184

- 1 4 0 20 groups (7 x 20)

44

- 4 2 6 groups (7 x 6)

2

= 26 r2

I would need 27 rows.

i.e. 26 complete rows and one more to accommodate the extra 2 chairs to make

sure I have enough for the concert

This method is known as chunking

In this example, you are taking away chunks of 7. First subtract 140 (20

groups of 7) and you are left with 44. Then subtract 42

(6 groups of 7), to leave 2.

Altogether, that is 26 groups of 7 with a remainder of 2.

21.
Formal Written Methods

Short Division

2 64 r 2

7 18 4

3. 4

Short division can also

be used for decimals

4 13.6

1

Short Division

2 64 r 2

7 18 4

3. 4

Short division can also

be used for decimals

4 13.6

1

22.
Long Division for HTU ÷ TU

The next step is to tackle HTU ÷ TU, which for most children will be in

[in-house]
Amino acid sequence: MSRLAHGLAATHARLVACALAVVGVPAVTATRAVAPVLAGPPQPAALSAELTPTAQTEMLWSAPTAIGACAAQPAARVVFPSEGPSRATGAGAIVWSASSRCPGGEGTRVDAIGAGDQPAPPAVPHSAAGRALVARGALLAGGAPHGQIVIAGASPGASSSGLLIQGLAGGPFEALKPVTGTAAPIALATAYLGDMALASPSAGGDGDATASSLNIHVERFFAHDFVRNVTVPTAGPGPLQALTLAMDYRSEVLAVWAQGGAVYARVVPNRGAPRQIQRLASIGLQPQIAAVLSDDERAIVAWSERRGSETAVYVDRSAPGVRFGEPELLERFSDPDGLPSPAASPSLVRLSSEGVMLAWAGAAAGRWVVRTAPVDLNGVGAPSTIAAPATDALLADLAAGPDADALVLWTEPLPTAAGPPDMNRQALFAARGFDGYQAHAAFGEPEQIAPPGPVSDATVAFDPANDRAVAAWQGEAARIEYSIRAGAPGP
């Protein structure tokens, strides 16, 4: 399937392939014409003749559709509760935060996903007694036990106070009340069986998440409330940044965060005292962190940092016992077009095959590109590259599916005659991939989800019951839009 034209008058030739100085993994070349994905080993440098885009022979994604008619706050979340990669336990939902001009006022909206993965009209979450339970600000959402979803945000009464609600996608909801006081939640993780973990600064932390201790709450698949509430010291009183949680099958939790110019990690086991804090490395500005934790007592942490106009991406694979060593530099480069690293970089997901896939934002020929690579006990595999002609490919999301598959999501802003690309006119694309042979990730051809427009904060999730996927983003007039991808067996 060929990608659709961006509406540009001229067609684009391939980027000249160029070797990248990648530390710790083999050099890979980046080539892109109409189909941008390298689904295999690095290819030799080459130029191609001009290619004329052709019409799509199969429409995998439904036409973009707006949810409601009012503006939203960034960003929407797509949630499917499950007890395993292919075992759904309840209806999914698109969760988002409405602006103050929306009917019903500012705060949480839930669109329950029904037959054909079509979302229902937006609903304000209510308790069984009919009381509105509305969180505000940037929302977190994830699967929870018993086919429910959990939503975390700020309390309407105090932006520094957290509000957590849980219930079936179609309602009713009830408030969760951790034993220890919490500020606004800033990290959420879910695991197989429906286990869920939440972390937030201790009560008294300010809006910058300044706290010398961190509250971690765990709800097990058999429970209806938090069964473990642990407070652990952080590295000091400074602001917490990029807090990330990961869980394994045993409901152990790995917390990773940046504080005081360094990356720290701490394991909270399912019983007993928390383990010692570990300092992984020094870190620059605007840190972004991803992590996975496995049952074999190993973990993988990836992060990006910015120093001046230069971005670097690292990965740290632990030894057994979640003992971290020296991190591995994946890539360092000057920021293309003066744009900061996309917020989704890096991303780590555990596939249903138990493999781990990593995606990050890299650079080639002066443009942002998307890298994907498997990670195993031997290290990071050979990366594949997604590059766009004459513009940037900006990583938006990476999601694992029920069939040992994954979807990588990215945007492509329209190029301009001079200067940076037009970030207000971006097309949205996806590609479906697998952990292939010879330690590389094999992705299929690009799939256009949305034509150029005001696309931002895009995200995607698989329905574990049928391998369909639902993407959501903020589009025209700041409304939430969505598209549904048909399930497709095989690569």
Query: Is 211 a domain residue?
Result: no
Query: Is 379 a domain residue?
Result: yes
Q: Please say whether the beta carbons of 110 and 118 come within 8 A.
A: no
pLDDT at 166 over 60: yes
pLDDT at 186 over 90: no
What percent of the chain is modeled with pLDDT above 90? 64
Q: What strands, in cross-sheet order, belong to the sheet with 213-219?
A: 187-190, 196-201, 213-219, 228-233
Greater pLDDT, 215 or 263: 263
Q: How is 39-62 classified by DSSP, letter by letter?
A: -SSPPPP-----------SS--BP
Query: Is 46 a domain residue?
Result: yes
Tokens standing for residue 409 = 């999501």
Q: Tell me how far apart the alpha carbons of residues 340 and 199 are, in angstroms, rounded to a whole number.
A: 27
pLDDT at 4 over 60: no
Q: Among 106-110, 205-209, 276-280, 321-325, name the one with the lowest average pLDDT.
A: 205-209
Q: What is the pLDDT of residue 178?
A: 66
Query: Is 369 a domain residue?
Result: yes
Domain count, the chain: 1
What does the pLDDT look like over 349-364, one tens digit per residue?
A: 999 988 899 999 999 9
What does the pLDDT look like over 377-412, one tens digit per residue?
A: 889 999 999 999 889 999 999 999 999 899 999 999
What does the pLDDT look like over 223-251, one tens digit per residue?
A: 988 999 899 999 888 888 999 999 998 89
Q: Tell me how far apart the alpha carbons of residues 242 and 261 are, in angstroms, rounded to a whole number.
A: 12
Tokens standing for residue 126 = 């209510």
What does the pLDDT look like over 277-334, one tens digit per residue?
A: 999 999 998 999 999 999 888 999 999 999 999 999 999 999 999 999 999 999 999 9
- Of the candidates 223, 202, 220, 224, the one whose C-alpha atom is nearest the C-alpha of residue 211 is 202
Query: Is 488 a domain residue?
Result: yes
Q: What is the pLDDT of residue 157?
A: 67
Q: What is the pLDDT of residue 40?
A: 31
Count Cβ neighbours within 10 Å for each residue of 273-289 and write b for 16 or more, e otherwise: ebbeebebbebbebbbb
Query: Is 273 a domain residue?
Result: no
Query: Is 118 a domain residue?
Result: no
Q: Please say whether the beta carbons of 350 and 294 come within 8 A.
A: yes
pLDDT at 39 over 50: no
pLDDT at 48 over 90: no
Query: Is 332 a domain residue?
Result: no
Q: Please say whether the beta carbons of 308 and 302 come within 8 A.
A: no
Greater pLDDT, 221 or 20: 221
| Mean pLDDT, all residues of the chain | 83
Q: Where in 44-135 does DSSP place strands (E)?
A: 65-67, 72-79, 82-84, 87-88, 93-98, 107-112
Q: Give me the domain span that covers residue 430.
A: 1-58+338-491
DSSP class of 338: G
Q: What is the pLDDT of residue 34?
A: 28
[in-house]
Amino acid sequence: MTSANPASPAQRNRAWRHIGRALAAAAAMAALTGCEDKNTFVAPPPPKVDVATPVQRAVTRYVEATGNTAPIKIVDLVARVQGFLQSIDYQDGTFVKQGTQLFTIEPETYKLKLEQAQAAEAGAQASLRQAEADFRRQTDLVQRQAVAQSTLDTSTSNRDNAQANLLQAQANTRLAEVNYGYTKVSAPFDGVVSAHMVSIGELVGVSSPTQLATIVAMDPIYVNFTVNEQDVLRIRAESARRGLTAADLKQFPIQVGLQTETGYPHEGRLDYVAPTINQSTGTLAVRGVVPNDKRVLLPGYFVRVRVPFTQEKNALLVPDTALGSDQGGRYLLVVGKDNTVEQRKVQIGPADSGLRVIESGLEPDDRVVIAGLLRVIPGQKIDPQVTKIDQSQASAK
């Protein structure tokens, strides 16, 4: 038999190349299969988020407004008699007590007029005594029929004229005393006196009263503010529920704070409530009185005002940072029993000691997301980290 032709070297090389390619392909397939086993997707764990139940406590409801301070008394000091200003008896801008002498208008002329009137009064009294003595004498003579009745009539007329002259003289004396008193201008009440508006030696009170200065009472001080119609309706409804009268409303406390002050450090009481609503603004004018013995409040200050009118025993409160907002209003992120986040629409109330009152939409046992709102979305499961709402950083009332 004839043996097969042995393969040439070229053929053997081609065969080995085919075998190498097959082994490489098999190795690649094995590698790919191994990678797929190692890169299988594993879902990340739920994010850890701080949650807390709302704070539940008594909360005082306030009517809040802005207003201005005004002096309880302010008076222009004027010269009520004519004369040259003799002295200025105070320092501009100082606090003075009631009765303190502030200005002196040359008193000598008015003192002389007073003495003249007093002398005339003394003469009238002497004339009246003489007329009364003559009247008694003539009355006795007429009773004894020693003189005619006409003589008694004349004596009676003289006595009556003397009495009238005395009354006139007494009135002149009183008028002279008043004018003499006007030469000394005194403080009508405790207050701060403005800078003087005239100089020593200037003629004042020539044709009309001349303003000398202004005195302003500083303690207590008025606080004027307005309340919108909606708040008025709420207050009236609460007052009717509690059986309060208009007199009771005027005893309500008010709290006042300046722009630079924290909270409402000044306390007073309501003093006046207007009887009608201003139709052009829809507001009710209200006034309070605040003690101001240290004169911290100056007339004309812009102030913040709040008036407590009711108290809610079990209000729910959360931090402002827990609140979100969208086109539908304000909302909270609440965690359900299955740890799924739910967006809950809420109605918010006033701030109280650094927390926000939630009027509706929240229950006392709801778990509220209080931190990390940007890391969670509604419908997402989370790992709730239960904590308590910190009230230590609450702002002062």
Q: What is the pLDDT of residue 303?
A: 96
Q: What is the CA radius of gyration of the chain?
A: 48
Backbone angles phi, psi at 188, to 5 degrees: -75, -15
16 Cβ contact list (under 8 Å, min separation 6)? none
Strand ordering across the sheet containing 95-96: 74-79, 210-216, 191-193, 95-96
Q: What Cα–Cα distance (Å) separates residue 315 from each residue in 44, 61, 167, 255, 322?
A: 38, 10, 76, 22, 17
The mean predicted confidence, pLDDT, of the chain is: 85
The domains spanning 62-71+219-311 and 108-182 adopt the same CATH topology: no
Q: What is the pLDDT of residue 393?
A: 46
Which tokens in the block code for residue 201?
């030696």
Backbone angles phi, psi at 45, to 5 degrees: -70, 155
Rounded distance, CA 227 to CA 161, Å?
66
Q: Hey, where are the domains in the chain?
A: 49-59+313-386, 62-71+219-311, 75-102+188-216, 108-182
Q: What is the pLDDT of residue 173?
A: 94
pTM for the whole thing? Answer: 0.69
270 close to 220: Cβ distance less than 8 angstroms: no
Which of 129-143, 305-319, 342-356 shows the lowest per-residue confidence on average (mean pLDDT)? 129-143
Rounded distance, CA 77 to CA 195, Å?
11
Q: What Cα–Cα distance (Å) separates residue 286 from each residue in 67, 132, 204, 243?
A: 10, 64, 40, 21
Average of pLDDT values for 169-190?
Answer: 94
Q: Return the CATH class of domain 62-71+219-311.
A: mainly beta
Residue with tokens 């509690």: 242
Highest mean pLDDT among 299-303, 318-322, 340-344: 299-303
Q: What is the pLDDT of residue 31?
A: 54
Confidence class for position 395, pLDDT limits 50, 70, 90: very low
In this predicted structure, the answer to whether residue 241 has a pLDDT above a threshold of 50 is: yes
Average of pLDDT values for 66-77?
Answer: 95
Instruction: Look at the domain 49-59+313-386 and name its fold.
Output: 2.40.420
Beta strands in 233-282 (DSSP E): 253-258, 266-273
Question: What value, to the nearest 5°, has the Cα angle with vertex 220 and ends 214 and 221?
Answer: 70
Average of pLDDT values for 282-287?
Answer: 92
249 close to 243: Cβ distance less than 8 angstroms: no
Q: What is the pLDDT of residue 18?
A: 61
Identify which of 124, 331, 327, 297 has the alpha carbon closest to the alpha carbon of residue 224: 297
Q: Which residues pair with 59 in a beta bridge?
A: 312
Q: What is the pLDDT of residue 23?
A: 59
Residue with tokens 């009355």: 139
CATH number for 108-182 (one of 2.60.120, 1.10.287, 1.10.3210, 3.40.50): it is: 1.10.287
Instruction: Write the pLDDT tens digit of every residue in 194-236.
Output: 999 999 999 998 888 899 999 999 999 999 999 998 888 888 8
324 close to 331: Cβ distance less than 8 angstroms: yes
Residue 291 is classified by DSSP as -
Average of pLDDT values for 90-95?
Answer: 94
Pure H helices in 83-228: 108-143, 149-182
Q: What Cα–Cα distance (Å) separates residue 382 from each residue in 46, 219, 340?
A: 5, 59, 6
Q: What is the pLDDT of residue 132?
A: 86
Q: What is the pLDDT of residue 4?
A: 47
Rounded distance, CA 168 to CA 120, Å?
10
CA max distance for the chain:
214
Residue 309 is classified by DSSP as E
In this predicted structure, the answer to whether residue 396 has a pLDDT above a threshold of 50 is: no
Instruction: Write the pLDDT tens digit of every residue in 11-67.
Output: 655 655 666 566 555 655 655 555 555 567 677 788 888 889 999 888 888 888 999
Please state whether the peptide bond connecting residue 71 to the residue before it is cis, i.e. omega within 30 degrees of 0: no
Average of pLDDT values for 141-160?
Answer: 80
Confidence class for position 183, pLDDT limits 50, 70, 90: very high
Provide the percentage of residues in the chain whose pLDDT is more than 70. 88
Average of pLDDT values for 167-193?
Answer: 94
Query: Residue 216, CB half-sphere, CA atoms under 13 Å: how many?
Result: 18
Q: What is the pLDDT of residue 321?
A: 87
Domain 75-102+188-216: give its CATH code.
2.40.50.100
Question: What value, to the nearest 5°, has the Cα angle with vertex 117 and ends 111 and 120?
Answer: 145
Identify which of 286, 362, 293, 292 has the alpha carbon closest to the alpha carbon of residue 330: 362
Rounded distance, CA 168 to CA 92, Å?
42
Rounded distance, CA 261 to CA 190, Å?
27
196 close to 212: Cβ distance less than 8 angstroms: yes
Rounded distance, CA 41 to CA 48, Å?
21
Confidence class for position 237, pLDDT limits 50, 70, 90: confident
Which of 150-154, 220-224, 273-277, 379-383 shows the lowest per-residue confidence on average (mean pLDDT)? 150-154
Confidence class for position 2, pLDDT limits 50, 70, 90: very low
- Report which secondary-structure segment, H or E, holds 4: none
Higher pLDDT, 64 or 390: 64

Year 6. Long division using chunking involves children subtracting

multiples of the divisor (24) from the dividend (560). Children need to

be confident in multiplying to keep this method efficient and reasonably

compact. It is focused on repeated subtraction but is more difficult to

use with decimals as the focus is on the whole of the starting number.

2 3 r8

24 x 20 8

24 560

24 x 3

Short division can be used for

the same calculation and many

children prefer it.

The next step is to tackle HTU ÷ TU, which for most children will be in

Year 6. Long division using chunking involves children subtracting

multiples of the divisor (24) from the dividend (560). Children need to

be confident in multiplying to keep this method efficient and reasonably

compact. It is focused on repeated subtraction but is more difficult to

use with decimals as the focus is on the whole of the starting number.

2 3 r8

24 x 20 8

24 560

24 x 3

Short division can be used for

the same calculation and many

children prefer it.

23.
Division: Learning to show the remainder

23÷ 5

23 ÷ 5 = 4 r 3 As a remainder

3

23 ÷ 5 = 4 5

As a fraction

23 ÷ 5 = 4.60 As a decimal

fraction

23÷ 5

23 ÷ 5 = 4 r 3 As a remainder

3

23 ÷ 5 = 4 5

As a fraction

23 ÷ 5 = 4.60 As a decimal

fraction

24.

25.
Any